Economy still growing, but OECD warns Canada to prepare for possible shocks
November 28, 2012 | By Julian Beltrame
Canada’s economic expansion is continuing, but governments should be prepared to respond to possible foreign and domestic shocks that could send the recovery off track, a leading global organization warns.
The Organization for Economic Co-operation and Development gives mostly a passing grade to Canada’s economy in a new outlook Tuesday, despite noting growth has been soft in the second half of 2012 and will remain so until mid-2013.
However, it warns Canada is not out of the woods yet. Beside the usual risks from Europe and elsewhere, the OECD says the domestic economy has become somewhat unbalanced since the 2008-09 recession.
The two big domestic risks, the OECD says, are the record level of debt Canadian families hold and their dependence on house prices remaining firm.
“Continuing high household debt levels could lead to a sharp deceleration in household spending, while a sudden weakening of the housing market could have sizable negative spillover effects,” the OECD says.
Should the risks materialize, or Canada be hit from an outside shock, policy-makers should respond by increasing government spending if necessary, it said.
“Federal and provincial budget consolidation is needed and welcome, but if new shocks were to weaken underlying growth materially, the pace of debt reduction should be slowed,” the OECD recommends.
As things stand, the organization said the Bank of Canada may need to start raising interest rates from near record lows by the latter half of 2013.
The report was written before the announcement Monday by Mark Carney that he was leaving his post as governor of the central bank next June for the top job at the Bank of England.
Scotiabank economist Derek Holt says the move makes it more likely the Bank of Canada will become hesitant to change course during the transition period.
“The Bank of Canada has a very strong team, but it is difficult to imagine a bias change amid leadership uncertainty and in the early going for Carney’s successor,” Holt said in a note to clients Tuesday morning.
“This is a further factor in favour of our view that the BoC will remain on hold until 2014 with the bigger risk being later rather than sooner as housing comes off the boil and the trade picture remains under pressure.”
Overall, the OECD projects Canada’s economy will grow by 1.5 per cent in the final three months of this year and advance only 1.8 per cent in 2013.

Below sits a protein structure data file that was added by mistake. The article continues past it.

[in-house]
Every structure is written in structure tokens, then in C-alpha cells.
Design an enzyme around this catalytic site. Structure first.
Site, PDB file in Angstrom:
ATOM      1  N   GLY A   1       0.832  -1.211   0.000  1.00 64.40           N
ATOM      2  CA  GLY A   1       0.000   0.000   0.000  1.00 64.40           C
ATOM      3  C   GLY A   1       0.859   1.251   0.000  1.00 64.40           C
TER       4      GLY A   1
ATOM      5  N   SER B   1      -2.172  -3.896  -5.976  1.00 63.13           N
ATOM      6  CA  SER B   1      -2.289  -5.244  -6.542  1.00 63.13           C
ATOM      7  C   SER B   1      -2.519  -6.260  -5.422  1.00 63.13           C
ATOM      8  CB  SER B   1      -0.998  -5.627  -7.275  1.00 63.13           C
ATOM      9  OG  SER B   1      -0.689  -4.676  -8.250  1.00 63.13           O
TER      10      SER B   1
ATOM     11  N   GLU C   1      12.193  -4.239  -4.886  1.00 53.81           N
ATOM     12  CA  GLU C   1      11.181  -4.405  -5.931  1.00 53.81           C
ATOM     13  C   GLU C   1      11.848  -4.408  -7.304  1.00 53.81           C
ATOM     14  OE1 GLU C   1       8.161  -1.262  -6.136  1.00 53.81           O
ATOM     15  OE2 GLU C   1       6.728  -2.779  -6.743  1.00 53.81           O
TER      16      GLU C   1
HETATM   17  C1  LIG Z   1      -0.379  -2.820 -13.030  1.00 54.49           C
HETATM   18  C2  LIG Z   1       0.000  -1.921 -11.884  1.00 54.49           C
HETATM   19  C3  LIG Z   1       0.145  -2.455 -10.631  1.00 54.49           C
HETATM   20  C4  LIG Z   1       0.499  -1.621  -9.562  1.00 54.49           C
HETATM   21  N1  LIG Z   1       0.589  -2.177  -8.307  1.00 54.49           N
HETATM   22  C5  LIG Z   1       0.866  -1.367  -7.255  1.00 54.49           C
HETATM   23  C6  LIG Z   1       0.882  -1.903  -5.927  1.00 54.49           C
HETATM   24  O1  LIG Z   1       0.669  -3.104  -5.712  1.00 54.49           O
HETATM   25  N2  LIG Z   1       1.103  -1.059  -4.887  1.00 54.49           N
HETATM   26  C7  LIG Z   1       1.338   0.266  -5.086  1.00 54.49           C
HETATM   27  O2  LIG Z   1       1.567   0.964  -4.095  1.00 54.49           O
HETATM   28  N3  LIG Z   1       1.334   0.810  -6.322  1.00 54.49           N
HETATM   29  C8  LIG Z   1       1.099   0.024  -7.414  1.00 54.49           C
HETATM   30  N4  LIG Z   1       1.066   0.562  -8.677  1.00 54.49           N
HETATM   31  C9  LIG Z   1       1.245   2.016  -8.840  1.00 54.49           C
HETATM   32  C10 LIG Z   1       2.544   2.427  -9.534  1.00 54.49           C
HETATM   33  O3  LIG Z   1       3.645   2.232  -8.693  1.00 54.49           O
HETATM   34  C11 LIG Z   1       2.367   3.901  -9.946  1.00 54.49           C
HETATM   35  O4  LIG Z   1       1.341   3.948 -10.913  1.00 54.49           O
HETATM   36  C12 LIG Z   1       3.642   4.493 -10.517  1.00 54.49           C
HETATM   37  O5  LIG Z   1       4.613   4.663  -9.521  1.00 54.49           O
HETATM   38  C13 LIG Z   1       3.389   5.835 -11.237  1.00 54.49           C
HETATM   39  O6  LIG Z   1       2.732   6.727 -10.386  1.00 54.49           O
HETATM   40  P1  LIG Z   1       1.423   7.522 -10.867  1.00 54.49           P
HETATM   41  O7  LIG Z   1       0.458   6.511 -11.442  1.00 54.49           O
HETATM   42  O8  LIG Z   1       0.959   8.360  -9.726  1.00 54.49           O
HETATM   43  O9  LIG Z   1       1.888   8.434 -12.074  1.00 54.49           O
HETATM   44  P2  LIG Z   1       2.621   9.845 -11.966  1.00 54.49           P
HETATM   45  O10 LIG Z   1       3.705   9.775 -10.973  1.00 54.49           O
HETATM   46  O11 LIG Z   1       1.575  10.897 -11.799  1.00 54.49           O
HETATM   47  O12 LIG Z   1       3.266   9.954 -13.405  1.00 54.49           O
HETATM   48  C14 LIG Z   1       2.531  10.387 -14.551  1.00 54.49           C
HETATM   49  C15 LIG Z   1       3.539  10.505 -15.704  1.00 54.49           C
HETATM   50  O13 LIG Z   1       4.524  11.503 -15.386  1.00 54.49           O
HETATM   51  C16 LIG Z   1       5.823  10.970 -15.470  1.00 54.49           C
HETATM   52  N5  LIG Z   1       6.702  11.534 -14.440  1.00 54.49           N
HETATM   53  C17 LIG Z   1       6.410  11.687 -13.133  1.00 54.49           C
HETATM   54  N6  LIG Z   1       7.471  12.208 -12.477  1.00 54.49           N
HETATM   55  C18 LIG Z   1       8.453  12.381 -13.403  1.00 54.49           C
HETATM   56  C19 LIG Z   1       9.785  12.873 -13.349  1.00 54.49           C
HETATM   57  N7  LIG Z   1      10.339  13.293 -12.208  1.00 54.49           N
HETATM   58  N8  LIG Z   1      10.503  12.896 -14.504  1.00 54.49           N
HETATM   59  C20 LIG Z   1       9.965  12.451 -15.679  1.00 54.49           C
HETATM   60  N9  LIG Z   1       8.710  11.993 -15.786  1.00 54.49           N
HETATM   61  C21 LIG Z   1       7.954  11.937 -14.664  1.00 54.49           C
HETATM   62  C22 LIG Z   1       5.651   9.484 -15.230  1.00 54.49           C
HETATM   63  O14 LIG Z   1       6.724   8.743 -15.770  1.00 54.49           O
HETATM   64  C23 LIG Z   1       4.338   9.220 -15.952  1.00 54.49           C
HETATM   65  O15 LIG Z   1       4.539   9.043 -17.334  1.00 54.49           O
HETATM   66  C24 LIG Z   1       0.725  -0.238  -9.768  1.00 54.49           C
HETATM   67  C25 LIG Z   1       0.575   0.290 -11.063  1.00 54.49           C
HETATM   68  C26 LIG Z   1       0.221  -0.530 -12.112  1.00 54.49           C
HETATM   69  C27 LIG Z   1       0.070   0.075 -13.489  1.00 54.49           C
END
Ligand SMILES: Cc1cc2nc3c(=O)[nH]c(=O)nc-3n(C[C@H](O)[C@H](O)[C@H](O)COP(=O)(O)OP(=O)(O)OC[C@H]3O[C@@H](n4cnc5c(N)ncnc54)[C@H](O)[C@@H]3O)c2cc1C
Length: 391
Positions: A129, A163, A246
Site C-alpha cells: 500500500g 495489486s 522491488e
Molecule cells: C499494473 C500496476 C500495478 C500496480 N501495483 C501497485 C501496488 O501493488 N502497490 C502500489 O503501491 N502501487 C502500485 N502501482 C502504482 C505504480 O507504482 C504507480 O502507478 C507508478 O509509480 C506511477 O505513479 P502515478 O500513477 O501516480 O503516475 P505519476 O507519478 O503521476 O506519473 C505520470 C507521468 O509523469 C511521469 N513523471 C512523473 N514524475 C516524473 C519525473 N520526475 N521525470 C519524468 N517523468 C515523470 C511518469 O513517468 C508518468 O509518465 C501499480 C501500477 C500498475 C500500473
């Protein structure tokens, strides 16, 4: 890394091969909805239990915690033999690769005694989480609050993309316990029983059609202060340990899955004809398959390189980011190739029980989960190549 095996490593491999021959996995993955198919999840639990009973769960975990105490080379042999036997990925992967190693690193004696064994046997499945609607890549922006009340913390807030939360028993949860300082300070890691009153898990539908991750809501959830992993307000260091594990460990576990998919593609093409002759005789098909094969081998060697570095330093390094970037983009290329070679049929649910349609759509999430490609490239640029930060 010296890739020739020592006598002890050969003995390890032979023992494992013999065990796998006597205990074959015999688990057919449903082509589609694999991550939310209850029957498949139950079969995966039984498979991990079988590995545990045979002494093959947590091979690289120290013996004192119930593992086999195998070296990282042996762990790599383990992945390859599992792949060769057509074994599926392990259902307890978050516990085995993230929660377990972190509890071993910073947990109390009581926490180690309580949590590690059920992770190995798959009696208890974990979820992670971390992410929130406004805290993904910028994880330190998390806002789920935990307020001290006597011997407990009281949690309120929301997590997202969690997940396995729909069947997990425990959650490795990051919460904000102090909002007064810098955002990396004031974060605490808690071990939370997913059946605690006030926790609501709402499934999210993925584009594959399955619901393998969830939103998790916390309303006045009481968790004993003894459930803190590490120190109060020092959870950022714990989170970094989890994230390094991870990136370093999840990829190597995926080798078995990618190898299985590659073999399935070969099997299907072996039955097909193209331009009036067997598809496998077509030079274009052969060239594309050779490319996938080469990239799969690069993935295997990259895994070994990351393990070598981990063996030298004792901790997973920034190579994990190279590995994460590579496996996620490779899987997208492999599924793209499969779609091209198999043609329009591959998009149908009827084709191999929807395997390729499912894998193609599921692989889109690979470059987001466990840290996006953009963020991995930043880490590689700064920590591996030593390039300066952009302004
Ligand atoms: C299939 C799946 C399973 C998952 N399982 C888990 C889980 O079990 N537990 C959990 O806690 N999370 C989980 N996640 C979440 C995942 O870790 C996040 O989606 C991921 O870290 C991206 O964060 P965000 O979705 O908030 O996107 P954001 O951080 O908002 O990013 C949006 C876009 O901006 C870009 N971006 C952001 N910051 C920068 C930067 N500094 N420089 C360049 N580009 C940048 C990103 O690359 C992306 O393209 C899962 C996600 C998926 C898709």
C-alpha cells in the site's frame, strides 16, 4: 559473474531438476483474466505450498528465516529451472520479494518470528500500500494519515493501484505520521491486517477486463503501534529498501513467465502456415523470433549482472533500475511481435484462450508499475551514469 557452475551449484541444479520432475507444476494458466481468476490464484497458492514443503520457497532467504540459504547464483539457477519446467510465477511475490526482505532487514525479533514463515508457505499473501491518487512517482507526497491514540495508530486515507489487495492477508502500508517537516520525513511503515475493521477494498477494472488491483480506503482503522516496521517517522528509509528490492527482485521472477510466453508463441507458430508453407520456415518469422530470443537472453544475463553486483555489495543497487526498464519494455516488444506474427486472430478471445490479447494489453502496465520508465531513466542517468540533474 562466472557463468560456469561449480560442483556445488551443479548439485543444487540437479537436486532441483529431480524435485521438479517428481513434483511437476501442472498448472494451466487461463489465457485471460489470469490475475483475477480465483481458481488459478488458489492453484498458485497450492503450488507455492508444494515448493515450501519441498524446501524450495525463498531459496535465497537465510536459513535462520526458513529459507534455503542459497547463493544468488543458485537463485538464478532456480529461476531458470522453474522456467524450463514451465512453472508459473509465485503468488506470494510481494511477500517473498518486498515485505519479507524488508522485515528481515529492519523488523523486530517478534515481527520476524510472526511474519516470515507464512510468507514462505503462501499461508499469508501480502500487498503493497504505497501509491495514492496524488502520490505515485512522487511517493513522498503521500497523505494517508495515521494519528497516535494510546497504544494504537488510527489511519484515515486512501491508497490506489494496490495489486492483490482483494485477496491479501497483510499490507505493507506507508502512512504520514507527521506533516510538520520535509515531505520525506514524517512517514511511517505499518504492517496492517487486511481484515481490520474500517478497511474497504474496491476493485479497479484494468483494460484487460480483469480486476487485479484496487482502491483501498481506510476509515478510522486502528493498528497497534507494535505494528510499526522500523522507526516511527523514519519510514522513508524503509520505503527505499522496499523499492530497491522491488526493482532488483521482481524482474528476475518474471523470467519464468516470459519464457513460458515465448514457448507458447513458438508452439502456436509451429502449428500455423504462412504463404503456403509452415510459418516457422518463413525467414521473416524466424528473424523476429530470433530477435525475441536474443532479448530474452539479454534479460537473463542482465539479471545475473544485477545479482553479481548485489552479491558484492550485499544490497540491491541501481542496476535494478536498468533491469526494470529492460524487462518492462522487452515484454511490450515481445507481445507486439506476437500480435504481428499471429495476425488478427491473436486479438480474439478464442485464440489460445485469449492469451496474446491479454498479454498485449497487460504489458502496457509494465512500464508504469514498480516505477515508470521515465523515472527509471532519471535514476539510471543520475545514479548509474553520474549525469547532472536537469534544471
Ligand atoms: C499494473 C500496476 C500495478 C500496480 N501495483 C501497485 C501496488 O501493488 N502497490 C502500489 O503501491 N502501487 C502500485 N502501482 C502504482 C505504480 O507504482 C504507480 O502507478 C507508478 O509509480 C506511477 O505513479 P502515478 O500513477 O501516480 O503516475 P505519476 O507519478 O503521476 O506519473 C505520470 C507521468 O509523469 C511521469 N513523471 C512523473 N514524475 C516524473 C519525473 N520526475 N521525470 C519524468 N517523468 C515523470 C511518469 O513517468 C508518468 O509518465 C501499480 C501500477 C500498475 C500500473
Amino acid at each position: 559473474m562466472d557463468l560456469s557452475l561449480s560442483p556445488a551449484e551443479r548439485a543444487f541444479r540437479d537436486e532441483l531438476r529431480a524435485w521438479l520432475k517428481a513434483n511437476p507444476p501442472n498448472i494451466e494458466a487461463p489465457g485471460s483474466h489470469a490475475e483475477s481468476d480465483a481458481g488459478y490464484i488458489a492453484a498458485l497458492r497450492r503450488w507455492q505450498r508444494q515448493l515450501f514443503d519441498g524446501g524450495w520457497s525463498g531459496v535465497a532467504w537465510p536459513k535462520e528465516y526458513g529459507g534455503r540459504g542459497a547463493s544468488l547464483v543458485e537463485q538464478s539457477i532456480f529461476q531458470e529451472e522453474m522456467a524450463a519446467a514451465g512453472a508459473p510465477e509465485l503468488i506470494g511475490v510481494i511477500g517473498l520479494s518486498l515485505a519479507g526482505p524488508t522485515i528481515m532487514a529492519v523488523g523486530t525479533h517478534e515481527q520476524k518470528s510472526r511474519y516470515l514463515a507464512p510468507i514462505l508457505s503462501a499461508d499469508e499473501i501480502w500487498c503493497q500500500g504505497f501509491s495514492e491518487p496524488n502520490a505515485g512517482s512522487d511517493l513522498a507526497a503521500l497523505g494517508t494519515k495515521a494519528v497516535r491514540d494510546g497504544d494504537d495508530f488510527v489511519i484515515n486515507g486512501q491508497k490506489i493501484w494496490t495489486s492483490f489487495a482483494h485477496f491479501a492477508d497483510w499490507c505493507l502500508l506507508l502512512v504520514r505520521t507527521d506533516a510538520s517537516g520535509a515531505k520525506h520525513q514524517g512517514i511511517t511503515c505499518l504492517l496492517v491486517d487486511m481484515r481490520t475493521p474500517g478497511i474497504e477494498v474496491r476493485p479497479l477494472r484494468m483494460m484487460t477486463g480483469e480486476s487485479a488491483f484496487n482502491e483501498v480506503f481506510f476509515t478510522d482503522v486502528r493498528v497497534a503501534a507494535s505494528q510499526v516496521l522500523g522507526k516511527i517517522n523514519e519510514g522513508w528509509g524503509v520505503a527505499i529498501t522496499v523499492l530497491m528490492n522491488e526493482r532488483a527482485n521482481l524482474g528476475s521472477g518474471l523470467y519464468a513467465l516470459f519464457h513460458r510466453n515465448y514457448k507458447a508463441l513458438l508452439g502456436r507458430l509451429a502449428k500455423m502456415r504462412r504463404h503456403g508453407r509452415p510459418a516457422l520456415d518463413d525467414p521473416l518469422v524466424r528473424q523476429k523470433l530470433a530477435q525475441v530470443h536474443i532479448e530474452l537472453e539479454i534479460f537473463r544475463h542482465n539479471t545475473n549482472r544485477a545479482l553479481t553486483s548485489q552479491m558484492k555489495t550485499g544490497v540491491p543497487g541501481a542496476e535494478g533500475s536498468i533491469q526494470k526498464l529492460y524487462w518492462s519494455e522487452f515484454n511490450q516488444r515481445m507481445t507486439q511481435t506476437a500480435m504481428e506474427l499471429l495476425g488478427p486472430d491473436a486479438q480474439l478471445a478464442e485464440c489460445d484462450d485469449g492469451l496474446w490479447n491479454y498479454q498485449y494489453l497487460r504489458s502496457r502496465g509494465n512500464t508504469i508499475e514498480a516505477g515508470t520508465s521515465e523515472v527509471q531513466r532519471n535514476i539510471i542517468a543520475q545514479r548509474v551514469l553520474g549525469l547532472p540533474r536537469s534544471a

Next year’s projection is half a point below the Bank of Canada’s official forecast, although the two institutions agree that 2014 will see an improvement to 2.4 per cent growth.
Mostly, the report mirrors assumptions of the Bank of Canada in its last policy review in October in putting most of the blame on Canada’s snail-paced economy on the export front, with soft demand outside Canada, low commodity prices and the high dollar undermining activity and corporate profits.
“(Export) activity moderated in the second half of 2012 to below the estimated potential growth rate,” the OECD said. “This reflected a softening of commodity prices, which curtailed profits and investments in the fast-growing resource sectors.”
Last week, Finance Minister Jim Flaherty cited lower commodity prices for taking some of the air out of tax revenues, delaying Ottawa’s return to balance budgets by a year.
Since then, however, both Flaherty and Prime Minister Stephen Harper have said the government can still eliminate the deficit by 2015-16, barring any unforeseen shocks that throw Ottawa’s best estimates off course.
Despite the diminished expectations, Canada’s expected growth rates remain above the average of the 34 countries measured by the OECD, which includes most of the industrialized world. China and India are not part of the grouping.
The report’s outlook for the world is decidedly bleaker than for Canada, pointing out that after five years of crisis the global economy is again weakening and risks proliferate.
“The risk of a new major contraction cannot be ruled out,” said Pier Carlo Padoan, the OECD’s chief economist, citing the ongoing recession in the euro area, a below-par economy in the U.S. and a slowdown in many emerging markets.
Referring to the problems in Europe, he said it is “not difficult to imagine a situation in which something goes wrong.”
If that happened, Canada would be impacted through trade, financial market and confidence channels, the OECD said, but noted that the country is much more dependent on the U.S., whose economy is better balanced.
In fact, the OECD anticipates the U.S. economy will speed up faster than Canada’s next year at two per cent and in 2014, at 2.8 per cent growth.
Because the U.S. is starting from further behind, Canada will still maintain an advantage in the recovery over its southern neighbour, however. For instance, the organization projects Canada’s unemployment rate will fall below seven per cent by 2014, while in the U.S., it is expected to remain close to eight per cent.